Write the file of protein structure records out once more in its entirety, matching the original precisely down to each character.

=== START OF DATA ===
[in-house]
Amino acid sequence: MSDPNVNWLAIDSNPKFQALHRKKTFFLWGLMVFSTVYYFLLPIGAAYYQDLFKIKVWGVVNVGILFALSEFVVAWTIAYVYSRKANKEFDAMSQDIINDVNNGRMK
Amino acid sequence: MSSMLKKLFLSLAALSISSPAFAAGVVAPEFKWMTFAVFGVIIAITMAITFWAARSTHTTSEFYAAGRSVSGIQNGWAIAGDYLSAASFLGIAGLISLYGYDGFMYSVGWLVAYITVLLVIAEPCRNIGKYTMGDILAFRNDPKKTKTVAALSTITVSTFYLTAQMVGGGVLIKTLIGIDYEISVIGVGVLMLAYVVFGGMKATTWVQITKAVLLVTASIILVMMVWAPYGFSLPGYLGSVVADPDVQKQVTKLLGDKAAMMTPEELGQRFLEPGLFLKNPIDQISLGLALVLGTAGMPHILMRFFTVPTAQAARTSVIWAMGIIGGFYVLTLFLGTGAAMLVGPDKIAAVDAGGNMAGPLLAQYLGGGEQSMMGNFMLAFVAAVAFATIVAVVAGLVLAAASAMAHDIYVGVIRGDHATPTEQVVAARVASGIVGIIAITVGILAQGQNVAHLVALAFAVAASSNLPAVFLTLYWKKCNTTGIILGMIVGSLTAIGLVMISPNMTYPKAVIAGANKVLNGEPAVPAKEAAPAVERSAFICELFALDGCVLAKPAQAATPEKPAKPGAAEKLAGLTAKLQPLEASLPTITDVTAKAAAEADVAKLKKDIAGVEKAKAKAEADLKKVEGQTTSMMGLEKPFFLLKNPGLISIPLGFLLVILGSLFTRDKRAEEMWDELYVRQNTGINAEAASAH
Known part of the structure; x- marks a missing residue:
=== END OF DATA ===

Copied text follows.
[in-house]
Amino acid sequence: MSDPNVNWLAIDSNPKFQALHRKKTFFLWGLMVFSTVYYFLLPIGAAYYQDLFKIKVWGVVNVGILFALSEFVVAWTIAYVYSRKANKEFDAMSQDIINDVNNGRMK
Amino acid sequence: MSSMLKKLFLSLAALSISSPAFAAGVVAPEFKWMTFAVFGVIIAITMAITFWAARSTHTTSEFYAAGRSVSGIQNGWAIAGDYLSAASFLGIAGLISLYGYDGFMYSVGWLVAYITVLLVIAEPCRNIGKYTMGDILAFRNDPKKTKTVAALSTITVSTFYLTAQMVGGGVLIKTLIGIDYEISVIGVGVLMLAYVVFGGMKATTWVQITKAVLLVTASIILVMMVWAPYGFSLPGYLGSVVADPDVQKQVTKLLGDKAAMMTPEELGQRFLEPGLFLKNPIDQISLGLALVLGTAGMPHILMRFFTVPTAQAARTSVIWAMGIIGGFYVLTLFLGTGAAMLVGPDKIAAVDAGGNMAGPLLAQYLGGGEQSMMGNFMLAFVAAVAFATIVAVVAGLVLAAASAMAHDIYVGVIRGDHATPTEQVVAARVASGIVGIIAITVGILAQGQNVAHLVALAFAVAASSNLPAVFLTLYWKKCNTTGIILGMIVGSLTAIGLVMISPNMTYPKAVIAGANKVLNGEPAVPAKEAAPAVERSAFICELFALDGCVLAKPAQAATPEKPAKPGAAEKLAGLTAKLQPLEASLPTITDVTAKAAAEADVAKLKKDIAGVEKAKAKAEADLKKVEGQTTSMMGLEKPFFLLKNPGLISIPLGFLLVILGSLFTRDKRAEEMWDELYVRQNTGINAEAASAH
Known part of the structure; x- marks a missing residue: